Feelings of intense grief can disorient and immobilize a person.
Because of this, it is not emotionally safe for everyone in the family to feel intense grief at the same time.
Kids will often hold back on their grief, trying to keep the family functioning, until the surviving parent and/or other siblings have made it through this period of grieving.
When this is happening it is in the child’s best interest that their parent work on their own grieving.
To urge the child to grieve at this point is setting him/her up for an emotionally unsafe situation and could complicate the grieving process.
Sometimes the child is afraid to grieve.
On one hand, you can feel out of control when you’re grieving, and that can be scary.
On the other hand grieving brings about a sense of finality to a death.
There is an irrational belief that if you can hold off the feelings of grief, the deceased isn’t 100% dead.
With these issues in mind, here are a few suggestions for the surviving parent:
1) Tend to your own grieving process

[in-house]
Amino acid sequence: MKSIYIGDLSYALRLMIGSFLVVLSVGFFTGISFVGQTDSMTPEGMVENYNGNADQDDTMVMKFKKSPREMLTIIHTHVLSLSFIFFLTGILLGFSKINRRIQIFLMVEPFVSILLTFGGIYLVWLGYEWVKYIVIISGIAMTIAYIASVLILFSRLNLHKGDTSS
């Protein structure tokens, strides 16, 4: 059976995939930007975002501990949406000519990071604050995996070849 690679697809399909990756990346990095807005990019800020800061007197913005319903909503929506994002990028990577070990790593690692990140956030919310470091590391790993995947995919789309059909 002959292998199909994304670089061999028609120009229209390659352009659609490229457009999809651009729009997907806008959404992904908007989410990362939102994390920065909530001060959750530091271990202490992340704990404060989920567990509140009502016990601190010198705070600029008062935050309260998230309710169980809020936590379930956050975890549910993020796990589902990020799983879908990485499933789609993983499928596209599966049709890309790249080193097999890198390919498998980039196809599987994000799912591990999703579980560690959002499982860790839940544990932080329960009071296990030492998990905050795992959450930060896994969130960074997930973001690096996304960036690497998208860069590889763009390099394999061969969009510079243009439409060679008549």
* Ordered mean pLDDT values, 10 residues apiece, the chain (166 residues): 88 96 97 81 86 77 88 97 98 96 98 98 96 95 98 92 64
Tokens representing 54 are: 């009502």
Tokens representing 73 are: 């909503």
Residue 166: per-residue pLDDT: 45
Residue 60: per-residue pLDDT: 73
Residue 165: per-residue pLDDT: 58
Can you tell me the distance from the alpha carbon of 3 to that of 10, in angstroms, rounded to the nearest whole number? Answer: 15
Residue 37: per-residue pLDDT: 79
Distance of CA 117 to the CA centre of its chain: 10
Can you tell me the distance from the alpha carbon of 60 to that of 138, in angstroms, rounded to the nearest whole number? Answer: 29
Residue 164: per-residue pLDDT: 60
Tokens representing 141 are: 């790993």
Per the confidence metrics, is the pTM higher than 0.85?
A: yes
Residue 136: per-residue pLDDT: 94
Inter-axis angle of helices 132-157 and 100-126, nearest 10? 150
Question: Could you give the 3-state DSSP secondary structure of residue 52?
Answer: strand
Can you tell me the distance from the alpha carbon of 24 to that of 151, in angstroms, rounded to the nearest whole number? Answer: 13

2) try to re-establish the security of routines as soon as possible
3) acknowledge the death by mentioning it matter-of factly whenever appropriate, and
4) help the child re-define the relationship with the deceased parent,
i.e., “This parent used to be a part of my everyday life.
There are some other thing you can do as well. Visiting the grave as a family helps demonstrate the finality of the deceased as well as giving a place to connect with them.
Doing things to commemorate the diseased can also be helpful like making a small “shrine” on the mantle or naming a star after someone who has just passed.
Now this parent can be acknowledged for the role he/she played in my younger days and can remain a fond memory and inspiration.”
This can be done by reminiscing, putting together a photo album, celebrating the parent’s birthday, etc.